Paying the Minimum Payment Leads to Maximum Debt for Atlanta Credit Users

You don't have to believe everything that you read on your credit card statement.

No, I'm not talking about accuracy (I'm assuming the information your creditor reports is correct -though if you never read your statement, how do you really know?). I'm actually referring to a new statement feature, courtesy of the Credit Card Accountability Responsibility and Disclosure Act (otherwise known as the Credit CARD Act). According to the law, your credit card company must provide you with a number that estimates just how long it will take you to pay off your debt if you only make the minimum payment each month. For many of us, that could be decades.

Now, if you really do intend to make minimum payments for the rest of your life, then I guess you can accept your estimate. But if you don't want it to become reality, don't believe it. Instead, believe that you have the power to change that number - and your debt problems.

I know that credit card debt can be overwhelming. Since you figure you'll be paying off that debt for the rest of your life, you might as well make it easy on yourself and keep the payments as small as possible, right? Not exactly. Though making the minimum might make it easier to keep on top of your other bills, it will eventually catch up with you. Since minimum payments cover little more - or only - interest, you'll never pay down your principal balance. That means your debt will continue to grow, and the amount of interest you owe will grow with it.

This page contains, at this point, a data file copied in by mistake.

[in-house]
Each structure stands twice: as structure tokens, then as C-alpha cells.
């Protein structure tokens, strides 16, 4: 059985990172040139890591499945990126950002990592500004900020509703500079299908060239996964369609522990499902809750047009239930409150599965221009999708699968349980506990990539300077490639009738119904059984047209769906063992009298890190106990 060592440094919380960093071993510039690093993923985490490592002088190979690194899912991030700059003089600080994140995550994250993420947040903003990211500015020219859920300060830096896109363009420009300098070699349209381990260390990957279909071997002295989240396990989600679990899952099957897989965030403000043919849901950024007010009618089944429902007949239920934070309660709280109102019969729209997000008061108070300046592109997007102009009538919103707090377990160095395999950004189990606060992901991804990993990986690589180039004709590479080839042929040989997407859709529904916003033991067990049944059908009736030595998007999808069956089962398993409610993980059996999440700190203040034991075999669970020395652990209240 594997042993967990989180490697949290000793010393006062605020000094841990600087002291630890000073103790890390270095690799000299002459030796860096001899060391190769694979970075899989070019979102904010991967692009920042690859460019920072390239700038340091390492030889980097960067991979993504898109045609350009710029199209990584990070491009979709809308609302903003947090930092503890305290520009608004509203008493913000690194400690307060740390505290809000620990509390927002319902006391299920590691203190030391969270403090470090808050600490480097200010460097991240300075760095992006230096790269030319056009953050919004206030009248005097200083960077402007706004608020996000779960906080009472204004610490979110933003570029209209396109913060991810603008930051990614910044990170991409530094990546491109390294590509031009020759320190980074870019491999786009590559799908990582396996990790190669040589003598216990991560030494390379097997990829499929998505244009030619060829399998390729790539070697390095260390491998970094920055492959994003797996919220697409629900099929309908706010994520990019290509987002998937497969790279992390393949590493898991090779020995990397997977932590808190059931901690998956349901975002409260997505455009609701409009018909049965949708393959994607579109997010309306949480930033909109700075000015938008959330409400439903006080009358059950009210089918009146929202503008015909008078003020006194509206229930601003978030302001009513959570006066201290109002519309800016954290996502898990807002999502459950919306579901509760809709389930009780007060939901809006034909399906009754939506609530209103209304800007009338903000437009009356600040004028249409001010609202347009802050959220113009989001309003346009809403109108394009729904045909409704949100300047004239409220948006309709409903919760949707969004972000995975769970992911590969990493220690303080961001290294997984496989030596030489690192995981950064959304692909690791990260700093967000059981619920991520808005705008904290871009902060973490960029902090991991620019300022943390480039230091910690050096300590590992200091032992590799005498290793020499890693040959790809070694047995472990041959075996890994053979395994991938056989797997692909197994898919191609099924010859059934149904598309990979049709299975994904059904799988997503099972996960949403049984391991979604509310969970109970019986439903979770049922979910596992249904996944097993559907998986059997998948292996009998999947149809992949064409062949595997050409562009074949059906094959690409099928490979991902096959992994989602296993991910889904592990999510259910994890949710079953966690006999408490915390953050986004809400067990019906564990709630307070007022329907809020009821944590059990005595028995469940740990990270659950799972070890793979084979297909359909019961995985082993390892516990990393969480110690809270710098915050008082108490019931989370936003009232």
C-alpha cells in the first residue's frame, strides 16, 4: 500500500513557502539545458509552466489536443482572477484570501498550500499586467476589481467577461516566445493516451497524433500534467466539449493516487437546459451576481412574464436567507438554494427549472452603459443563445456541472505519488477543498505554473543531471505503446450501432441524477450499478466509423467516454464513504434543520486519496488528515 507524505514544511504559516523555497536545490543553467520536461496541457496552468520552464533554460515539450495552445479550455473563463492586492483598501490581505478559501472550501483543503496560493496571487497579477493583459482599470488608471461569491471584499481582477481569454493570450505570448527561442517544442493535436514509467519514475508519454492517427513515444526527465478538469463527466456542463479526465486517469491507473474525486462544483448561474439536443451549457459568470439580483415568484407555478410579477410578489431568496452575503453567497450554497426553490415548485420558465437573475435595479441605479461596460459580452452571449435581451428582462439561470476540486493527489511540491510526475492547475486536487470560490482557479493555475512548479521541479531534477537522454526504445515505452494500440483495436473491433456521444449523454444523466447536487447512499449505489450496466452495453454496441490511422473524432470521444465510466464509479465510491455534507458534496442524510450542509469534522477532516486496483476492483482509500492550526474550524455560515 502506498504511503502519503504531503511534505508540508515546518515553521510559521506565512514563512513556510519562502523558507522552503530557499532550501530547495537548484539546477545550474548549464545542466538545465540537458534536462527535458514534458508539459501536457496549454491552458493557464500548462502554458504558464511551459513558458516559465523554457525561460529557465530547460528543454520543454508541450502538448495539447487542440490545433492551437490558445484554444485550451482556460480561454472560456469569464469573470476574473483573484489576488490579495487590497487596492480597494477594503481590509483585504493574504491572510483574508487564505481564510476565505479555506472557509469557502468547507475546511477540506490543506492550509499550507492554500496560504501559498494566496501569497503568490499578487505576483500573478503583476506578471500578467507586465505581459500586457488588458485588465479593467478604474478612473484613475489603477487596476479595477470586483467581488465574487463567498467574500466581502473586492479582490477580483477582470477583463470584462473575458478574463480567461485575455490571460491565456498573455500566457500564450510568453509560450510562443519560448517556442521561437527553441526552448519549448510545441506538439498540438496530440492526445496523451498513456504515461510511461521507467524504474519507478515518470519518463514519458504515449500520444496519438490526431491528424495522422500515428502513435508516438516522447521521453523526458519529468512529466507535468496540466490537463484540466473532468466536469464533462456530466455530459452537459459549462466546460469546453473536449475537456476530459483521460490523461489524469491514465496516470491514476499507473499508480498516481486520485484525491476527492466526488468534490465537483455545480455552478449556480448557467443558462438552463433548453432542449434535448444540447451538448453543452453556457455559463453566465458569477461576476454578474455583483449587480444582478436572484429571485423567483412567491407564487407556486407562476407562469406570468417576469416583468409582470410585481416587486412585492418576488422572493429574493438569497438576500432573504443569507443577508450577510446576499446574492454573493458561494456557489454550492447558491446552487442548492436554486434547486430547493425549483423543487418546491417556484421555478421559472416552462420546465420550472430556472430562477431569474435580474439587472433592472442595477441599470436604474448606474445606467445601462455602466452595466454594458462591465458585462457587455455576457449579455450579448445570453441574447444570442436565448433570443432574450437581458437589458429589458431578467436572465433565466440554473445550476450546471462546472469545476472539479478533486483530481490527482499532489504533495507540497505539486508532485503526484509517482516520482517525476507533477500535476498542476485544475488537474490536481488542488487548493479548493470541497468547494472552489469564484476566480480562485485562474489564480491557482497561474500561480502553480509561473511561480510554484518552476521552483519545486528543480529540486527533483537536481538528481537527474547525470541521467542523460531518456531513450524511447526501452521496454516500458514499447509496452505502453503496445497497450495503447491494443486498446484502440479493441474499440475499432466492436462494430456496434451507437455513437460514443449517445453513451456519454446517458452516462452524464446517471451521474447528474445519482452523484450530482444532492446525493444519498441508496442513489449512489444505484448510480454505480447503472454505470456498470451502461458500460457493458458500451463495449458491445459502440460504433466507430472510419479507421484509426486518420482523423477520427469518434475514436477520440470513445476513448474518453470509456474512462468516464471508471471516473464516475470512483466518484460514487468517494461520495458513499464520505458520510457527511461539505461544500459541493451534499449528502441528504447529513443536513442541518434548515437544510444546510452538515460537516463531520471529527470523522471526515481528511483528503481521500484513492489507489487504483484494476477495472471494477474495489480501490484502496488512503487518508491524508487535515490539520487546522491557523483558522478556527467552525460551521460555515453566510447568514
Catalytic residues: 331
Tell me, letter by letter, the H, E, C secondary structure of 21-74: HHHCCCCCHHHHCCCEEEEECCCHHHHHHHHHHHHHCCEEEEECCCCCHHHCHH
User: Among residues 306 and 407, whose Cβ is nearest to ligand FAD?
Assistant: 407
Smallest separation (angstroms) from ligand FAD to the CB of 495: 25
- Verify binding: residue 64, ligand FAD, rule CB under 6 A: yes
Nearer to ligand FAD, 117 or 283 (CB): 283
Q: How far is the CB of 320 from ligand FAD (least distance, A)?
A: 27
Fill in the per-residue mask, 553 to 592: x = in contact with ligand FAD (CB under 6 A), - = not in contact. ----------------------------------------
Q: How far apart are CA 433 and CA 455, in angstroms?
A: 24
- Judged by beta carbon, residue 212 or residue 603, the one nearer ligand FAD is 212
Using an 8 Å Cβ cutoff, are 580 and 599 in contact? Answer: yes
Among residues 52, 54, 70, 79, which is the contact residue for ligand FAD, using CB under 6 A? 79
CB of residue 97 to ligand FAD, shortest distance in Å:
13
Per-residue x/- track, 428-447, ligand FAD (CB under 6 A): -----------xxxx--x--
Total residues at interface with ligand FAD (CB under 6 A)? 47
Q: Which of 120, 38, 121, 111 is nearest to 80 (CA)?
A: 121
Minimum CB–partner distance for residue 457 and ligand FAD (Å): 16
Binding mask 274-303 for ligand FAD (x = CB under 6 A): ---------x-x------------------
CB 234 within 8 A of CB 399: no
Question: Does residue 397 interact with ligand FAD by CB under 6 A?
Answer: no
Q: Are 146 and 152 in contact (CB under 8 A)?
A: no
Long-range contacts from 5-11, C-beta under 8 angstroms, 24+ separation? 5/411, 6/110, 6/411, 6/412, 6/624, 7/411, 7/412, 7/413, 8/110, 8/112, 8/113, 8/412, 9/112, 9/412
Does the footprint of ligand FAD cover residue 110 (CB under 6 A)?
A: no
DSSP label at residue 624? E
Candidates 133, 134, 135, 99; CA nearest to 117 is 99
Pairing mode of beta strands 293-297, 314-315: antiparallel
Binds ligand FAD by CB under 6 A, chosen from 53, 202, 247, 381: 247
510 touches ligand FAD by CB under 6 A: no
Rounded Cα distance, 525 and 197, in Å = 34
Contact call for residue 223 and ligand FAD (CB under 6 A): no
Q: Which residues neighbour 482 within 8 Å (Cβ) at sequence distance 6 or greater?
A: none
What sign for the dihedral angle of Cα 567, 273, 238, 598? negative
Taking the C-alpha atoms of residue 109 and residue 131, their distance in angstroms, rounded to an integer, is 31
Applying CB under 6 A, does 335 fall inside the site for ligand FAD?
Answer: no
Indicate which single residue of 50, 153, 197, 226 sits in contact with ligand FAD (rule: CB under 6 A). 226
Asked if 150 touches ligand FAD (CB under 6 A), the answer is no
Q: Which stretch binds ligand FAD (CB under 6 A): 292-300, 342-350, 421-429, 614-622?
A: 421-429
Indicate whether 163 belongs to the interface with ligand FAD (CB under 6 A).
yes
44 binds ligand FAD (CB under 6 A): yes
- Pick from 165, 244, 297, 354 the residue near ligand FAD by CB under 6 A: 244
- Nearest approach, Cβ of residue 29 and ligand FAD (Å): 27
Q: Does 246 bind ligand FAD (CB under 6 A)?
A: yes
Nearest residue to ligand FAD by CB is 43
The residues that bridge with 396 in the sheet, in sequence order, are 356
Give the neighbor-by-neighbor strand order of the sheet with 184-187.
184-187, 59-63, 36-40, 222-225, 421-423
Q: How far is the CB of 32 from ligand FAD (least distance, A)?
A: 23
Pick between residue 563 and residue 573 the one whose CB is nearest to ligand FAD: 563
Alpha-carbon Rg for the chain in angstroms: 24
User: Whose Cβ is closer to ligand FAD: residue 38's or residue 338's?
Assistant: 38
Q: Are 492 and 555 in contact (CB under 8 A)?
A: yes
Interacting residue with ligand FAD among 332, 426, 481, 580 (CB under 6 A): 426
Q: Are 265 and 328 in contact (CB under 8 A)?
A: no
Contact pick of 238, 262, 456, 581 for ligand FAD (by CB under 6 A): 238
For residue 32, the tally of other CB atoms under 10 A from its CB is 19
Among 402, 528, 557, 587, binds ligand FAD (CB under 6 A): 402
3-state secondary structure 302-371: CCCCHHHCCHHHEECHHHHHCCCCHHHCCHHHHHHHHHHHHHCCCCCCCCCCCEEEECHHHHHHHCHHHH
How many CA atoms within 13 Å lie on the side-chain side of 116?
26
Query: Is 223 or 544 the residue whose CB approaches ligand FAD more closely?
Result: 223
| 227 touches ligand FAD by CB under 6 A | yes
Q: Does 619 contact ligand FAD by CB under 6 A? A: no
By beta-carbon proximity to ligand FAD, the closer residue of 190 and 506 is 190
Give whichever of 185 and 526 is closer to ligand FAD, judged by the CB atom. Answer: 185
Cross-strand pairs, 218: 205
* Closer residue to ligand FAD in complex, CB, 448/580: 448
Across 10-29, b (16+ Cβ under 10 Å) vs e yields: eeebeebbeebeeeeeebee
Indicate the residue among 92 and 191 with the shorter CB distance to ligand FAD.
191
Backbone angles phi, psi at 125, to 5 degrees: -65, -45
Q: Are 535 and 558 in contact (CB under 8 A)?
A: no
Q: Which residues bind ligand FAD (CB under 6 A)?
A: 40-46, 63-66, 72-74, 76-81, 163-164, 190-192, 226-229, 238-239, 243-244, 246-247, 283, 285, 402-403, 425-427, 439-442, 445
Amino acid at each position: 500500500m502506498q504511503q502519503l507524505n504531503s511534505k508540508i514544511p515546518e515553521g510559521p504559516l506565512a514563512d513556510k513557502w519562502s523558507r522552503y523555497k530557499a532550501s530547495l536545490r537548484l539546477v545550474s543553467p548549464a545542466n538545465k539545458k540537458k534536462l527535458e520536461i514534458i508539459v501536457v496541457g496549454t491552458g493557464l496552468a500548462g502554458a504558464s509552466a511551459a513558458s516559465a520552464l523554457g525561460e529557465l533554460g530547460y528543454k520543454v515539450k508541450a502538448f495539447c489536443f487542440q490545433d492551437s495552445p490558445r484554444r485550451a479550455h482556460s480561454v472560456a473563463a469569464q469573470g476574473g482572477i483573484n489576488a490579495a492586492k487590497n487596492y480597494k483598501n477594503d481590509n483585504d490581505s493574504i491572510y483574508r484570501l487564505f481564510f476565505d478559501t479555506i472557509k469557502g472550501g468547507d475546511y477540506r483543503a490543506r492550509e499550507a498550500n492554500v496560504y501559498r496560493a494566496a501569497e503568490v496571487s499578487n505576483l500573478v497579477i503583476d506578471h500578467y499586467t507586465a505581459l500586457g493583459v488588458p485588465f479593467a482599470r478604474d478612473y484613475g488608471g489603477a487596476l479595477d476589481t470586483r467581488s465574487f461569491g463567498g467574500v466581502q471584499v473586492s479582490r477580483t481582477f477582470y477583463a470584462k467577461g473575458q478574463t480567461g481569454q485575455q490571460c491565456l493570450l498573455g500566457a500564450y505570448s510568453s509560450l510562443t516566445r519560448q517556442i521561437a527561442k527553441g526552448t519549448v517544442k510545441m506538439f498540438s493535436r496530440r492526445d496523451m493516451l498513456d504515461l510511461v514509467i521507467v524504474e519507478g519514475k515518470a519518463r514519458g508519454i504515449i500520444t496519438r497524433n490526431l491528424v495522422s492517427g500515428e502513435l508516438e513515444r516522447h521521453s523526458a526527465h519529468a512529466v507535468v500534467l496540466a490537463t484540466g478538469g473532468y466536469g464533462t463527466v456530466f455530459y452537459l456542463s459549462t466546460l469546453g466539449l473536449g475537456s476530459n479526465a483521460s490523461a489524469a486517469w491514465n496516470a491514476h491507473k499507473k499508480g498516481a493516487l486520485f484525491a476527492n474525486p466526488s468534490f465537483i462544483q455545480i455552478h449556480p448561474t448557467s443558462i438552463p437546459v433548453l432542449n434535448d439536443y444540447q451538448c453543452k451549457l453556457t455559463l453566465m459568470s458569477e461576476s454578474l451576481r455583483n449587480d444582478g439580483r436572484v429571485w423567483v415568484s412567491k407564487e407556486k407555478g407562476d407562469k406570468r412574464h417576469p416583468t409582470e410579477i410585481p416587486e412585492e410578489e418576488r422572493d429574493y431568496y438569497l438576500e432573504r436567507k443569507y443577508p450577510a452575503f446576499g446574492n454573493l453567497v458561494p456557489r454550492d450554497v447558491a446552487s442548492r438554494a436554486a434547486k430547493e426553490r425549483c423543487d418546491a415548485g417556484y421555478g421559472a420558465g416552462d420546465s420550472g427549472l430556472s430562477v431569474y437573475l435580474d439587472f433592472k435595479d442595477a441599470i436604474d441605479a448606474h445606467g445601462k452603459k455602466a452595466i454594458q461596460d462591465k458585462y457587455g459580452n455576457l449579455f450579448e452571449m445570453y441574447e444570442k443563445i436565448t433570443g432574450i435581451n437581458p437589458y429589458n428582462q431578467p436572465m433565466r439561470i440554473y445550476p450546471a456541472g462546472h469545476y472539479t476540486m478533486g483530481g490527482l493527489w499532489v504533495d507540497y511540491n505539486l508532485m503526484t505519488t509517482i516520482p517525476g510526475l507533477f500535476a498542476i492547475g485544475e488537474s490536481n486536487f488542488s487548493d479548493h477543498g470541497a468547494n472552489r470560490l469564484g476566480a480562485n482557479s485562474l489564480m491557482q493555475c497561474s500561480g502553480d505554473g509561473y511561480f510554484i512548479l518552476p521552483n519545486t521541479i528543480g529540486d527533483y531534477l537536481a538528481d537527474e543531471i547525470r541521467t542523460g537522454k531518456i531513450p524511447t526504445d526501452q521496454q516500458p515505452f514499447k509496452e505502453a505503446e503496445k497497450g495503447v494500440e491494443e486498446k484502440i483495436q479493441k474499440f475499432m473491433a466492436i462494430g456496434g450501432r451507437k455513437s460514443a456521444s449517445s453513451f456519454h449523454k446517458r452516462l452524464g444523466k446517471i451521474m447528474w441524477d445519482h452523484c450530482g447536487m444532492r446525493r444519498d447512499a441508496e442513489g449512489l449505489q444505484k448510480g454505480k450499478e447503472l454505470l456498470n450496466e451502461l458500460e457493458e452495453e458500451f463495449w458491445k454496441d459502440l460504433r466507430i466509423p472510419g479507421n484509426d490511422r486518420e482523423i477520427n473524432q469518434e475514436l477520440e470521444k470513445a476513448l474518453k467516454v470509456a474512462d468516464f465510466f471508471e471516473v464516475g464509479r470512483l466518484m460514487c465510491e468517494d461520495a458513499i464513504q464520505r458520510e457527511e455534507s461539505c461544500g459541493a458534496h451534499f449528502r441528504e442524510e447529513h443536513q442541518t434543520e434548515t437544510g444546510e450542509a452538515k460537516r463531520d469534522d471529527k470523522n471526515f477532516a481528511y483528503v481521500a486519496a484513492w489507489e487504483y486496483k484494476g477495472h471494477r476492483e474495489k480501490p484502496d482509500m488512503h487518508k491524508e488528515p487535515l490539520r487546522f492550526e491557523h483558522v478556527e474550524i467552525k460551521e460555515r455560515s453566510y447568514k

But even though you might feel out of control, you don't have to be. Look at that number on your statement as the fork in the road. What you're seeing on paper is the path you'll take if you continue making minimum payments. All you have to do is take a different path.

Sometimes lowering debt is as easy as adopting a stricter budget so you can afford to pay down more of your balance. But if your debt is simply too large and overwhelming to handle alone, there's no shame in seeking help. In fact, bankruptcy can be one of the most effective ways to lower a large debt, since it offers a realistic plan and timeframe for making payments. Once you start paying more than the minimum, you'll erase years of payments off your financial life. Find out if there's a bankruptcy plan that's right for you today when you try a free personal debt analysis with an Atlanta bankruptcy attorney.

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